Sunday, September 14, 2008

In Tressel I Don't Trust

After seeing Ohio State get crushed 35-3 by USC last night in what was billed as "The Game of the Year," suspicions of mine have been affirmed. While head coach Jim Tressel is clearly one of the most accomplished and respected coaches in all of college football, it's fully obvious to me now that his coaching is largely to blame for most of Ohio State's losses in big games since 2003.

Of course, this is not to say that it's entirely Tressel's fault. It's not. In every game Buckeye players have made mistakes that have also affected the outcome. This is also not to say that Tressel has made all bad decisions. He hasn't. I'm fully aware that he's one of the most winningest coaches for a reason.

What I am saying is that Tressel and offensive coordinator Jim Bollman's often unoriginal, predictable, and poor playcalling has put the Buckeyes in more of a position to lose these games, and they have. Some major examples:

2005 Texas, 25-22
2005 Penn State, 17-10
2007 Florida, 41-14
2008 LSU, 38-24
2008 USC, 35-3

The weak playcalling and lack of execution have been especially apparent in the last three games in which the Buckeyes have been embarrassed on a national stage. These collapses have led many to think that Ohio State doesn't have the athletic ability to compete with college football powers, but that's not true. Every year Ohio State is known for its prized high school recruits and top talent that it sends to the NFL. So it's not a question of speed, toughness, or athletic ability. Ohio State is better off than most teams.

For all of the respect he gets, though, Tressel has been outcoached in all of the aforementioned losses. It doesn't really matter how good OSU's players are if their coach is putting them in difficult situations to be successful. In other words, the scores for the lopsided losses of late are not representative of Ohio State's ability to win these games. In many of them, Ohio State has had just as many weapons as their opponents, but the coaches simply didn't utilize them the best way.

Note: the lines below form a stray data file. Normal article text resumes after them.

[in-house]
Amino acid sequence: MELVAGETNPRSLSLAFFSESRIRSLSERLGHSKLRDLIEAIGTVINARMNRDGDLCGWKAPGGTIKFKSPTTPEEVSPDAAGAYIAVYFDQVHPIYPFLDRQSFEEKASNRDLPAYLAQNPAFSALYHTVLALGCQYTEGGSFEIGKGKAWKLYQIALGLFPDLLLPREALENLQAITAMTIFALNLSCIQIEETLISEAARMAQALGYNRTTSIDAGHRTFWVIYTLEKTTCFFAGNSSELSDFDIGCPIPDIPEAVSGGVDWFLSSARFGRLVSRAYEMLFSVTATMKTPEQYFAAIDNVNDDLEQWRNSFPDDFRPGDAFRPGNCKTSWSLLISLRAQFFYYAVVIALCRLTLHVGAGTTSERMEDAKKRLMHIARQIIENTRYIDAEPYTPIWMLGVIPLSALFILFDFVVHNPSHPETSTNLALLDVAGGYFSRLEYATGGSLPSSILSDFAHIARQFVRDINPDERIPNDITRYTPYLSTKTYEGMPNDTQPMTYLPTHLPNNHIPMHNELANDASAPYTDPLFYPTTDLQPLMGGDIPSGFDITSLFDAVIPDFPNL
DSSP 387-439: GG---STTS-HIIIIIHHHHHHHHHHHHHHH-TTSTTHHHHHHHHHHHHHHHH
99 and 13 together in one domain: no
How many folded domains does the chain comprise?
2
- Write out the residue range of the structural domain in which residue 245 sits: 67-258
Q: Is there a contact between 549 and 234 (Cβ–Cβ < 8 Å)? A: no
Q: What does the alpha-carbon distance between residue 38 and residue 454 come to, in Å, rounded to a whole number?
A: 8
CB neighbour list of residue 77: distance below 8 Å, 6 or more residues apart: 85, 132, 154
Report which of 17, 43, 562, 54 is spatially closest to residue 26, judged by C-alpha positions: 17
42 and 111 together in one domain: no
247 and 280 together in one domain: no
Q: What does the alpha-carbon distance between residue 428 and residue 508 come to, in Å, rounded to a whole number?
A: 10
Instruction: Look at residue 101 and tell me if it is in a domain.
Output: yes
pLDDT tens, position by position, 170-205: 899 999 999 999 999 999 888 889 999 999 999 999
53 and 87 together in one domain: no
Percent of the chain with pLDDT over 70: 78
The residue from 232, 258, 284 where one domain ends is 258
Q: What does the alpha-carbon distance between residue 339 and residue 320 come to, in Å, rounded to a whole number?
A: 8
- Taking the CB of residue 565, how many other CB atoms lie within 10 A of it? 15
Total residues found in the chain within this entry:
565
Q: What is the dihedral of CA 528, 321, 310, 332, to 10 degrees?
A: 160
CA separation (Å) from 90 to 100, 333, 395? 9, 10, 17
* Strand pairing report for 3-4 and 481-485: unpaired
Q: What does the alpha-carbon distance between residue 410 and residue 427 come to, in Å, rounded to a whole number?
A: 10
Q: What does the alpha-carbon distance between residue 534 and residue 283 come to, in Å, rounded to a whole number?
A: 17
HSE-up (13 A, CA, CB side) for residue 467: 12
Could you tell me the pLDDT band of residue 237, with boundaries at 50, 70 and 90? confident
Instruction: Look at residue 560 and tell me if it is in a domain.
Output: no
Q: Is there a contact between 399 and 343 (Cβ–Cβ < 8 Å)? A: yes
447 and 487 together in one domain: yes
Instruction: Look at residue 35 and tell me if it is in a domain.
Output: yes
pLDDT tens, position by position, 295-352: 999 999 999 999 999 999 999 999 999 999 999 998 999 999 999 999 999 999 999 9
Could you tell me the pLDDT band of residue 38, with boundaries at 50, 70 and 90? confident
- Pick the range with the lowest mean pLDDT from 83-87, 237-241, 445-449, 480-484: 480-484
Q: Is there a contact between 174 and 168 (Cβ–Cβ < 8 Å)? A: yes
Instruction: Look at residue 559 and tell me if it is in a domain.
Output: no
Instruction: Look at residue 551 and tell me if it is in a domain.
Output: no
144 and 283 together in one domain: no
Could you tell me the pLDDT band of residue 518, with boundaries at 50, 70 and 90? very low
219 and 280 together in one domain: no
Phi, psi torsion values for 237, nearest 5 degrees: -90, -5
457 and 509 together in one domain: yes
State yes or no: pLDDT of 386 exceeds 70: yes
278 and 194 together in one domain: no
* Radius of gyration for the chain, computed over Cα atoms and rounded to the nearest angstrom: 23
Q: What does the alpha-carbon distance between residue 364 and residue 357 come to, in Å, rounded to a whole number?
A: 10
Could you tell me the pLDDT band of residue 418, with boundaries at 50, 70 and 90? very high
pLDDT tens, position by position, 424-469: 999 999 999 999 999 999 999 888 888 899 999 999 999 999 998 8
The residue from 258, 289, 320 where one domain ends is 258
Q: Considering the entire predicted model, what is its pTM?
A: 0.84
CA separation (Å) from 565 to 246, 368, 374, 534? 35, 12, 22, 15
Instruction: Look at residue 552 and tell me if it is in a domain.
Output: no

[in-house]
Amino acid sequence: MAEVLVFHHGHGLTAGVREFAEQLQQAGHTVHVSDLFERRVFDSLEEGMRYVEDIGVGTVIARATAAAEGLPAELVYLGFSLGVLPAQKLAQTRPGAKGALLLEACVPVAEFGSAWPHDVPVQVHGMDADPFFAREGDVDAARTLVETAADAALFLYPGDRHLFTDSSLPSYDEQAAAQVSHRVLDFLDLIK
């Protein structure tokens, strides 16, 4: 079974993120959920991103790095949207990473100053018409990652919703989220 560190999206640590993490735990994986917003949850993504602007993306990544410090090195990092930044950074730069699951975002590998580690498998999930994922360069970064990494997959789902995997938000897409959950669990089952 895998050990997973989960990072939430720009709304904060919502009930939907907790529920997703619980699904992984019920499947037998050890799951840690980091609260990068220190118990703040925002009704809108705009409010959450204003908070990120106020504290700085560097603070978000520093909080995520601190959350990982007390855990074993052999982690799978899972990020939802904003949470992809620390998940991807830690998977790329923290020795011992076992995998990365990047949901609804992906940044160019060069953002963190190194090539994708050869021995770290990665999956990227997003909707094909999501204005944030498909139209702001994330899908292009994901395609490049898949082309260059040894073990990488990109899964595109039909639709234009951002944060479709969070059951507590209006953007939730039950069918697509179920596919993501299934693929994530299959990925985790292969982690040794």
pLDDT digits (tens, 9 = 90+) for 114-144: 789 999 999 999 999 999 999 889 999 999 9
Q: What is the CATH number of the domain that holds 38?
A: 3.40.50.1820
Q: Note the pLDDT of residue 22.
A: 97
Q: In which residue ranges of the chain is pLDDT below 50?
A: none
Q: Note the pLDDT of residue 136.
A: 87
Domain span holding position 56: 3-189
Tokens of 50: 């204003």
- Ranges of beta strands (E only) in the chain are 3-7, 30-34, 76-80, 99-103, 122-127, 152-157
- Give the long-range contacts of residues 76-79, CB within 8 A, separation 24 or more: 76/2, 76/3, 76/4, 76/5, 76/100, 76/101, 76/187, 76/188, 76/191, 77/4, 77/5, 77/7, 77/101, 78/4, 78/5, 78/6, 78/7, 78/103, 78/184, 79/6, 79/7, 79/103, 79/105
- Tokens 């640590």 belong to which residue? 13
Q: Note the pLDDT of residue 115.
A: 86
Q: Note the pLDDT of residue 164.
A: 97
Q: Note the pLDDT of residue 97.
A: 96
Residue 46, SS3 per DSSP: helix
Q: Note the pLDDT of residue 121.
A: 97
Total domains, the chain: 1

Tressel has always relied on a conservative coaching philosophy known as Tresselball, in which field position, clock control, and turnover margin are key. It's won him a lot of games, so it's not all bad. But it's become clear to me that this old-fashioned, close-to-the-sweater-vest style isn't as effective as it once was. The game has changed in the past few years, especially with the proliferation of the spread offense and creative playcalling from younger coaches like Florida's Urban Meyer, Michigan's Rich Rodriguez, and Boise State's Chris Petersen. When you watch their dynamic formations and inventive plays that work, it's not hard to see that Ohio State is behind the times.

But newer schemes aside, I'm continually baffled that Tressel chooses not to mix things up with basic plays that have been around for ages. So in the wake of the USC debacle Saturday night, I have some questions:
  1. Where are all the roll-outs, pitches, sweeps, reverses, off-tackle runs, and misdirection plays?
  2. When you're down by three touchdowns and in serious need of a score, where are your trick plays??
  3. Why are you using versatile freshman QB Terrelle Pryor in the same predictable manner, especially in a first-and-goal situation with USC showing heavy blitz?
  4. Where's the gamesmanship? You had a chance to give your team a much-needed spark and surprise the Coliseum's 93,607 spectators by inserting your best running back (Beanie Wells) into the lineup after you said he would not play.